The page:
News headlines tend to focus on the extremists on both sides of any issue since they are the ones who make the noise. However, without much fanfare, moderates in Israel are making real and positive changes to our country.
The ultra-Orthodox (“Haredi”) leadership in Israel has always shunned army and national service for their 18-year-olds, claiming that it endangers the spirituality of their youth. As a result, these young men remain outsiders in Israeli society, significantly impacting their prospects for employment. But one institution, the ultra-Orthodox “hesder” yeshiva Beit Midrash Derech Chaim, seeks to provide these young men with the opportunity and sense of fulfillment that comes with serving — while at the same time shattering the myth that serving the state damages the soul.
The success of this yeshiva, in which the students combine high-level Torah study with IDF service, is quite remarkable. Let’s start with enrollment. The original army projection foresaw 30 students enrolled by the three-year mark which we are now reaching. But surprise — there are now 56 students enrolled! Forty-two are in the first two years of the program, during which the boys study religious texts by day and receive computer training at night. Fourteen students are in active IDF service — nine in the Intelligence Corps, and five in combat in the ultra-Orthodox unit of the elite Golani battalion.
The fact that the institution crossed the 40-student mark and passed other criteria — including two years of solvency and audited financial records — enabled Beit Midrash Derech Chaim to obtain Education Ministry approval and receive government funding.
The second-year students recently took the exam for entrance into the cyber unit and 15 out of 16 students passed, with two cracking the top 50 among 4,000 students who took the exam. This is a testimony to the quality of the school’s cyber training program, and the high caliber of the students.
Last week, representatives of three IDF units visited the yeshiva. Both the infantry and communications branches are opening cyber sections, and want the students of this specific program to come to their units. This competition will allow graduates of the yeshiva to optimize their service in the IDF, and gain the valuable experience they’ll need to become productive citizens.
I was honored to be the Knesset member who pushed Defense Minister Moshe Yaalon to sign his approval for this first-ever Haredi “hesder” yeshiva. The incredible, visionary rabbis who set this program in motion are driving significant change, which has the potential to transform the ultra-Orthodox community for the better, which by extension will also improve all of Israeli society.
Over time, as this Haredi institution produces young men who are talmudic scholars, fervently religious, accomplished and dedicated soldiers, and successful in their careers, more and more young men from this community will join this and other similar programs. The potential is nothing short of a revolution, and based on the success outlined above, that revolution is already on its way. Another moderate group showing tremendous progress comes from the Israeli Arab sector of society. Here, too, extremist leaders have always railed against Arabs who dare take part in serving the state, and this pressure has stunted their integration into Israeli society, similarly preventing the advancement of this population.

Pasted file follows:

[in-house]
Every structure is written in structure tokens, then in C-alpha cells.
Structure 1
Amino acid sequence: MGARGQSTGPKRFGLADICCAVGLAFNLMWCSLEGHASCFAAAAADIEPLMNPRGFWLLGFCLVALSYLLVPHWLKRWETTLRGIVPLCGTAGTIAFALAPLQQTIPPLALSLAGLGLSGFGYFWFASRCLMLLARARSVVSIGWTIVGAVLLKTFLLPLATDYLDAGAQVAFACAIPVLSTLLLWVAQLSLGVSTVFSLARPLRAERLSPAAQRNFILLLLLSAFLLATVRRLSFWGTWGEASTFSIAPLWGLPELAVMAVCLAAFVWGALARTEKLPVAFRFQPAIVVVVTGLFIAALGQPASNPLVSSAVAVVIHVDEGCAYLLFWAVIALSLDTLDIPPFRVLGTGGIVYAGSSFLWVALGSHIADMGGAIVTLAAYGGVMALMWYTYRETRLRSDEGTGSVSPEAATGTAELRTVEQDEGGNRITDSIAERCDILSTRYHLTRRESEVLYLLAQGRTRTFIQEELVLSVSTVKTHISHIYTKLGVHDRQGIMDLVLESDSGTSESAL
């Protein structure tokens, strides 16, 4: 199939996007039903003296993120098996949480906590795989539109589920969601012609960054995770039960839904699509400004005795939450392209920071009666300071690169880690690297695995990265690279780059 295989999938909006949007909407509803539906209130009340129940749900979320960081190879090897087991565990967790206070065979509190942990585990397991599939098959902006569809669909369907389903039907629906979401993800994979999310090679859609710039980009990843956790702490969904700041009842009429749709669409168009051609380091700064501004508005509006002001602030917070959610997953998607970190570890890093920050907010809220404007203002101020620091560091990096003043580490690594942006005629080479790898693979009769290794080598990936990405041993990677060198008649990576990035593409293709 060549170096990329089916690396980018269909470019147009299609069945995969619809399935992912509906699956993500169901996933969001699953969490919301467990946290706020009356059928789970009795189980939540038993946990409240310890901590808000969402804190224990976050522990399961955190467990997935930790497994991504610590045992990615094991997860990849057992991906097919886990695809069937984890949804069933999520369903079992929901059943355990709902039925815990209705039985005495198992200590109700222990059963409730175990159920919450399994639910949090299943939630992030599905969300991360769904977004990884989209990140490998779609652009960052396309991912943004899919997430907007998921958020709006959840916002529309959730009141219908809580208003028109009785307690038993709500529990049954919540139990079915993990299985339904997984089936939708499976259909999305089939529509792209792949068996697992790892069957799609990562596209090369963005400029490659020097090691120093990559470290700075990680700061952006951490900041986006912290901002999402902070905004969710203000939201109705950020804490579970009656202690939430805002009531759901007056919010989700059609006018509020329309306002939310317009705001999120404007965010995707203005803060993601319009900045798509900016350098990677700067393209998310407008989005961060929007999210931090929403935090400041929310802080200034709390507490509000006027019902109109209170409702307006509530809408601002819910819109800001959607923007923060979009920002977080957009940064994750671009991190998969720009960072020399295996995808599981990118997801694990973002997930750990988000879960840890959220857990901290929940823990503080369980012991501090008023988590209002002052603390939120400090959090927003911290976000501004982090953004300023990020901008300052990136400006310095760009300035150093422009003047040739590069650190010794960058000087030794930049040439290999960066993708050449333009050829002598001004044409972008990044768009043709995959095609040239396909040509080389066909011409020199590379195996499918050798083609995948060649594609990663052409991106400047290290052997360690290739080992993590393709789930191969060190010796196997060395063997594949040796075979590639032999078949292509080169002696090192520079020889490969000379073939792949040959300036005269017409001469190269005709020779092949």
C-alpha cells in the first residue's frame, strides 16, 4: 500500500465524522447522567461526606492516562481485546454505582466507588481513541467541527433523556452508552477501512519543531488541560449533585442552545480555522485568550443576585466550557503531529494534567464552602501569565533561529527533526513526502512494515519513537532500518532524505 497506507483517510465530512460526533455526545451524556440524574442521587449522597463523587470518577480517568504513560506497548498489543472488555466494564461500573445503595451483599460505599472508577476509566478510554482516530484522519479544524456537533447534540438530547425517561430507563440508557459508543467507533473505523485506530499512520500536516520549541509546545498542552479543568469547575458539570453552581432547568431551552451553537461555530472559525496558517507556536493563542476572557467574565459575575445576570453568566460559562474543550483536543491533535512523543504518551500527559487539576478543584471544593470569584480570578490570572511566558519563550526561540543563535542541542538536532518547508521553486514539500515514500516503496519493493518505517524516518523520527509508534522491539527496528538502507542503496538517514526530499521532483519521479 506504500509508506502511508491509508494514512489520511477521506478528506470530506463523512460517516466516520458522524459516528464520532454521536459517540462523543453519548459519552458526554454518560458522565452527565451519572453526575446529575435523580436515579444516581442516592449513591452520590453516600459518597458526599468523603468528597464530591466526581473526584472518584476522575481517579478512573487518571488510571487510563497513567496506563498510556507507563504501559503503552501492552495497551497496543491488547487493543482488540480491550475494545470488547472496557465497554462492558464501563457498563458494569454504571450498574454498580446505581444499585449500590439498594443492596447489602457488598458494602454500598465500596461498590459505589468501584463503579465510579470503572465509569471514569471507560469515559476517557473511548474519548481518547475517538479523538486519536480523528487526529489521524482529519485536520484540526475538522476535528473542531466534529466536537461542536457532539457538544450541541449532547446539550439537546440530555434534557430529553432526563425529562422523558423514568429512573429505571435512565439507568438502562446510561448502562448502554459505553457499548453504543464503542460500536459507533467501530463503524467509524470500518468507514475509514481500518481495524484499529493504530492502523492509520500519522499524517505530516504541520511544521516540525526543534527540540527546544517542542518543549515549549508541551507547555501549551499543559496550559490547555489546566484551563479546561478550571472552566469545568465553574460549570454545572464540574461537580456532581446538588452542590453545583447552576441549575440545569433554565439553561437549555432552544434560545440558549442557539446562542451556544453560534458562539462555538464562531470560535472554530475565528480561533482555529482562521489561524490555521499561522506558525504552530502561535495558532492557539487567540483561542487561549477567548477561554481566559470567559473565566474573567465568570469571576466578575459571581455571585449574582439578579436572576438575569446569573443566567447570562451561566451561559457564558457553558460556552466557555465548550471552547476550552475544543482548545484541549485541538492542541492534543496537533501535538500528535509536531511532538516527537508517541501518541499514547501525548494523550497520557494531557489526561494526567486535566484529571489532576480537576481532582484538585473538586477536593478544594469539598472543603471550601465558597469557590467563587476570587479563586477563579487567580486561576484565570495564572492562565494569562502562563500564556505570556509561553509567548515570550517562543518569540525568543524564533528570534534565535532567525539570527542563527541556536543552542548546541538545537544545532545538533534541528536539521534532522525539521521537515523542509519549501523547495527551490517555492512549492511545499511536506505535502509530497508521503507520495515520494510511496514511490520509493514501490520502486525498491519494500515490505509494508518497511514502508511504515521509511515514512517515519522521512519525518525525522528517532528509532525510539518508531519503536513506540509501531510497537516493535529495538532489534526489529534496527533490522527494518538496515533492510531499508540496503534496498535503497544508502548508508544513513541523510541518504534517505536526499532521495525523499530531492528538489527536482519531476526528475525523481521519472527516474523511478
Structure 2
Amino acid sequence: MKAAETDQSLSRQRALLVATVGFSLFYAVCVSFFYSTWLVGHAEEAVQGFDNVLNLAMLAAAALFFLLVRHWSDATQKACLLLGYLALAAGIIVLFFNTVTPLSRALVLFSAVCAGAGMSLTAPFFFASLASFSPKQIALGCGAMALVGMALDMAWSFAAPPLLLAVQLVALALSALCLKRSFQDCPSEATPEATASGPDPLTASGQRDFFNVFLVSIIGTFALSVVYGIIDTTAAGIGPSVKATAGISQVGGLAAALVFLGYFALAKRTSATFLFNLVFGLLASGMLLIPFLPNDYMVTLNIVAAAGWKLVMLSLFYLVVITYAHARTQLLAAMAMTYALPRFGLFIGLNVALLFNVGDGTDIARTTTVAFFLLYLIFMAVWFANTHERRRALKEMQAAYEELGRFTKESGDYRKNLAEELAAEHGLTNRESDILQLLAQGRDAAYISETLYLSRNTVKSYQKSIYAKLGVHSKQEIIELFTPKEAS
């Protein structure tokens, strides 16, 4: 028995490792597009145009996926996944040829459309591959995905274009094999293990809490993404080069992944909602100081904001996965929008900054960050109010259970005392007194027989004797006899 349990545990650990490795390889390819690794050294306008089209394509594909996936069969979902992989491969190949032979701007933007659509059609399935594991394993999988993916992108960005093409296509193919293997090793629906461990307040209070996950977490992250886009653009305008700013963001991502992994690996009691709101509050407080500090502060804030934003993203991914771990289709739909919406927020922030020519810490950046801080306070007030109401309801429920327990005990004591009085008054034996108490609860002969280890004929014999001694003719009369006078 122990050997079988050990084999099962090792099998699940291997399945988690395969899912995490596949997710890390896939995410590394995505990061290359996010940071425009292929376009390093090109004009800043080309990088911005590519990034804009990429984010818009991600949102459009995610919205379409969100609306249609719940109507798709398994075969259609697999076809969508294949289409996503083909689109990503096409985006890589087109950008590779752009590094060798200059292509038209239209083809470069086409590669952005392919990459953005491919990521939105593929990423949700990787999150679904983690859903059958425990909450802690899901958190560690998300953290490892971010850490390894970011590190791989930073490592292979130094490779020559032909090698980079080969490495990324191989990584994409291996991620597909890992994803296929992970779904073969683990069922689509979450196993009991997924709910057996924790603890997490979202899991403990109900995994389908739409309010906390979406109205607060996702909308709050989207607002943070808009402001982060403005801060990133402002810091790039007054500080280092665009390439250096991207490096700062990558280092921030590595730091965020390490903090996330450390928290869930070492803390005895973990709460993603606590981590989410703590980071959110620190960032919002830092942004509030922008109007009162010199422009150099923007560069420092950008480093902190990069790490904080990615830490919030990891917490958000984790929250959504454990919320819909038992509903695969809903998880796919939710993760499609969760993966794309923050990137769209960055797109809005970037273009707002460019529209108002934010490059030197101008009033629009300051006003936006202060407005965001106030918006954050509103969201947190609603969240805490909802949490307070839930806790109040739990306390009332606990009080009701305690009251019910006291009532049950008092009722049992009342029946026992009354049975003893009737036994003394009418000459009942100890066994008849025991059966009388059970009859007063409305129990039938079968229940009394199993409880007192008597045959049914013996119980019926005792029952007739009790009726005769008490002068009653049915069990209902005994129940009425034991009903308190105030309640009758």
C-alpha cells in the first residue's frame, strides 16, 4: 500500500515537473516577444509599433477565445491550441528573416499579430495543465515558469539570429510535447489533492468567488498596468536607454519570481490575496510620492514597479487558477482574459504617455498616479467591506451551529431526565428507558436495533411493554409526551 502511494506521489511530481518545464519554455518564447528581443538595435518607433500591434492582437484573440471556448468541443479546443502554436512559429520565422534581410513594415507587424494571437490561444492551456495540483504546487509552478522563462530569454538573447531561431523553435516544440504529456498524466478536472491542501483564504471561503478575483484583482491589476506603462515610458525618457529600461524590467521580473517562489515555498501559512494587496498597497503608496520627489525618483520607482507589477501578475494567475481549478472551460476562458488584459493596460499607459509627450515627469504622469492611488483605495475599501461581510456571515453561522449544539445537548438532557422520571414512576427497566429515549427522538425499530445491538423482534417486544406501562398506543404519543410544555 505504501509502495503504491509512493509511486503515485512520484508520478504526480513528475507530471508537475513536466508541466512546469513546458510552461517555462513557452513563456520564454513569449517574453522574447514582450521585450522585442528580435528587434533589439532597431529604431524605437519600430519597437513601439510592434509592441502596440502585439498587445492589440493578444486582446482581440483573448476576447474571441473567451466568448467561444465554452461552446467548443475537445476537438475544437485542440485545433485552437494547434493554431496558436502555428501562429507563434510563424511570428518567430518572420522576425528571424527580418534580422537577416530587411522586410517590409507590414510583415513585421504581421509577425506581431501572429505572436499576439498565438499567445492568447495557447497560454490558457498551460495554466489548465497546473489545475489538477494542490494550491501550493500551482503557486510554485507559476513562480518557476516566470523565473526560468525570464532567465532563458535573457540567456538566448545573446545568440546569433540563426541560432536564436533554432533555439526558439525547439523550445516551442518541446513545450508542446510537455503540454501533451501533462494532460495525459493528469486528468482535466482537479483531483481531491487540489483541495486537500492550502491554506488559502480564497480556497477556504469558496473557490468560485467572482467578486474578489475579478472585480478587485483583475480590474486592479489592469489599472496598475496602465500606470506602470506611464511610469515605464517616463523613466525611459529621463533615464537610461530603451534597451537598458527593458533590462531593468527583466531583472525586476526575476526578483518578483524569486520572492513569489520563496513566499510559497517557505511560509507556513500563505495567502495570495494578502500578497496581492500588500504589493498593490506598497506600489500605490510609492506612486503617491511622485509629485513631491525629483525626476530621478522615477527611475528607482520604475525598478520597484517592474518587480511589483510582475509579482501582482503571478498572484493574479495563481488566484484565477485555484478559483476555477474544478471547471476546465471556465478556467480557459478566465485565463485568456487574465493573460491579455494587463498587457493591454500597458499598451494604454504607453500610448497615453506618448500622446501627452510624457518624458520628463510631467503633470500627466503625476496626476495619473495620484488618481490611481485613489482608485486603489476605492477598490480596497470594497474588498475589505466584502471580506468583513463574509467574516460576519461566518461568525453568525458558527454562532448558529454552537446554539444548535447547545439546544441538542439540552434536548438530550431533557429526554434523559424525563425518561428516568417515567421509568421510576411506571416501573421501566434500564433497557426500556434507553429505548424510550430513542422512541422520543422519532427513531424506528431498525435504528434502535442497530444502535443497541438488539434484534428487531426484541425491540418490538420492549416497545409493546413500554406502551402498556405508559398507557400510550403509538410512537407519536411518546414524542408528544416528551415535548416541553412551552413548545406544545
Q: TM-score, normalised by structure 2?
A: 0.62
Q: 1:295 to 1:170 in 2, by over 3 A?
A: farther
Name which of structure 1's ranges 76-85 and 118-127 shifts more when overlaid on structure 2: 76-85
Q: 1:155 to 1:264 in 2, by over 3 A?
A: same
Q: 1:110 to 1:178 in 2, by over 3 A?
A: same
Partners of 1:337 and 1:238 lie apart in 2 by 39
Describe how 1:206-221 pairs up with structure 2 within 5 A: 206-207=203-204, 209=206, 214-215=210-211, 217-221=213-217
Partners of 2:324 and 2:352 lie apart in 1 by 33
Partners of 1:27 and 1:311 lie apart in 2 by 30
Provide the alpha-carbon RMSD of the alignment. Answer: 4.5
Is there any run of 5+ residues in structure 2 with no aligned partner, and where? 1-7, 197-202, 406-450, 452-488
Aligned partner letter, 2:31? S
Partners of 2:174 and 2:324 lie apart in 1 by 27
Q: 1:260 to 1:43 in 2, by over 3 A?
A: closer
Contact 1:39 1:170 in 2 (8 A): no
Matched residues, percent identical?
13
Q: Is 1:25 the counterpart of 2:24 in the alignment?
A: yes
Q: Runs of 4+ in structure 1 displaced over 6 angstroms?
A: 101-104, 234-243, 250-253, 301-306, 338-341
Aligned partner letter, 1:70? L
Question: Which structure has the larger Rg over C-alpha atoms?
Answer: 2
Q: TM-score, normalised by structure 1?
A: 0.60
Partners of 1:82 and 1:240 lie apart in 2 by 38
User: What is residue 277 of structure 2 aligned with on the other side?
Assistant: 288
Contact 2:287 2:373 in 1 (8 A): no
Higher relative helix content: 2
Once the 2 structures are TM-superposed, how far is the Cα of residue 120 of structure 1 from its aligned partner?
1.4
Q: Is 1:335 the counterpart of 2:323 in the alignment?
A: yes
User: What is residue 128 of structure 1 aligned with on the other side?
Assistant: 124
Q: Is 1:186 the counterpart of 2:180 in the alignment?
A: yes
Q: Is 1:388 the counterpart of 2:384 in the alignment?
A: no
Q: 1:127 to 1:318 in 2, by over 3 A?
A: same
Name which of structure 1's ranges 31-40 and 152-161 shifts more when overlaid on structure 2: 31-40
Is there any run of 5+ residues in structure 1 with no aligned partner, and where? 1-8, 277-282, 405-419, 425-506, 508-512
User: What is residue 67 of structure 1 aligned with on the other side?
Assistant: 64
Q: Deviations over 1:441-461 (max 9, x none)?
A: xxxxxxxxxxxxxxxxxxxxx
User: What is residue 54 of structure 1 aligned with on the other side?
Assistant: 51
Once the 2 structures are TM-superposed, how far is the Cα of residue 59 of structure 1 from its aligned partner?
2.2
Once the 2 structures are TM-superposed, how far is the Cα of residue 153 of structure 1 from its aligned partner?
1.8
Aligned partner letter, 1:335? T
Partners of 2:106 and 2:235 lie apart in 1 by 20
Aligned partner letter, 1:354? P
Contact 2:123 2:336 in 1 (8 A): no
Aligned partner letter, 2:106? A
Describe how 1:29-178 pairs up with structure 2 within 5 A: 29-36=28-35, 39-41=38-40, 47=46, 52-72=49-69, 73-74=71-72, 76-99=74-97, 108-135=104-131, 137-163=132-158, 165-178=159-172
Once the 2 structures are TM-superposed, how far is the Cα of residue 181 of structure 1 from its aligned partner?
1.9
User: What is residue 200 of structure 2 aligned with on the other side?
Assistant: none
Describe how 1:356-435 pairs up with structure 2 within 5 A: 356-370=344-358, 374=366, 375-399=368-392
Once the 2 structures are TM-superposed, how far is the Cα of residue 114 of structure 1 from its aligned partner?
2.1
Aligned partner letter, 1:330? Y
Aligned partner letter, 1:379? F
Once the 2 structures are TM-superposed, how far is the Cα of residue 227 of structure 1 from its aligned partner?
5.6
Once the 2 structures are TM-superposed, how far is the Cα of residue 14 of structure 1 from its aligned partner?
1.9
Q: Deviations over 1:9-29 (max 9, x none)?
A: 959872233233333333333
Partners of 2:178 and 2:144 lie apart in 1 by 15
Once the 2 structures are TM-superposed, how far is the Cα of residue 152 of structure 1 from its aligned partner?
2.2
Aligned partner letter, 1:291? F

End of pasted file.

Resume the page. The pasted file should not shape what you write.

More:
But change is in the air.
In the past, Israeli Arabs wanting to explore the option of national service had to hold quiet and private meetings under immense security. But, this past week, hundreds of Israeli Arab boys and girls participated in a public event in Acre where they learned about national service options. Participants listened to fellow Israeli Arabs tell their stories of national service and how it enhanced their lives despite the pressures against doing so from extremist groups.
Muhamad, 22, told the attendees how he completed national service as a firefighter, and decided to turn this into a career. “I believe that everyone in the state must contribute his part,” he told the audience, adding that the people in his village no longer look at him in a negative manner.
A young woman named Firooz told how she volunteered at the courthouse in Tiberias. She explained that she wanted a better future for herself, and taking part in national service gave her more opportunities because it improved her Hebrew, and the fact that she served the country opened doors for her within Israeli society.
Rana told the audience that her service assisting the elderly taught her to be more tolerant towards Israeli society.
Nehila Yosef, a principal in an elementary school in an Arab village, explained that five years ago two Arab girls wanted to do national service at her school, and there was significant opposition to the idea. Today, she said, that opposition no longer exists.
Ruti Levi, manager of national service volunteers at a hospital in Nahariya, reported that Israeli Arabs rarely volunteered in the past, but that now there are 80 Israeli Arabs doing national service in the hospital.
As more and more Israeli Arabs do national service, and demonstrate to the rest of the youth in their society that doing so enhances their lives and provides them with opportunities for a better future, it will become mainstream. This, in turn, will do wonders toward improving the relationship between Jews and Arabs in Israel.
Yes, extremists will continue making noise and making headlines. But it is the moderates throughout Israeli society who are driving silent revolutions, which will help heal societal wounds in the starkest of ways as we work towards further improving Israeli society.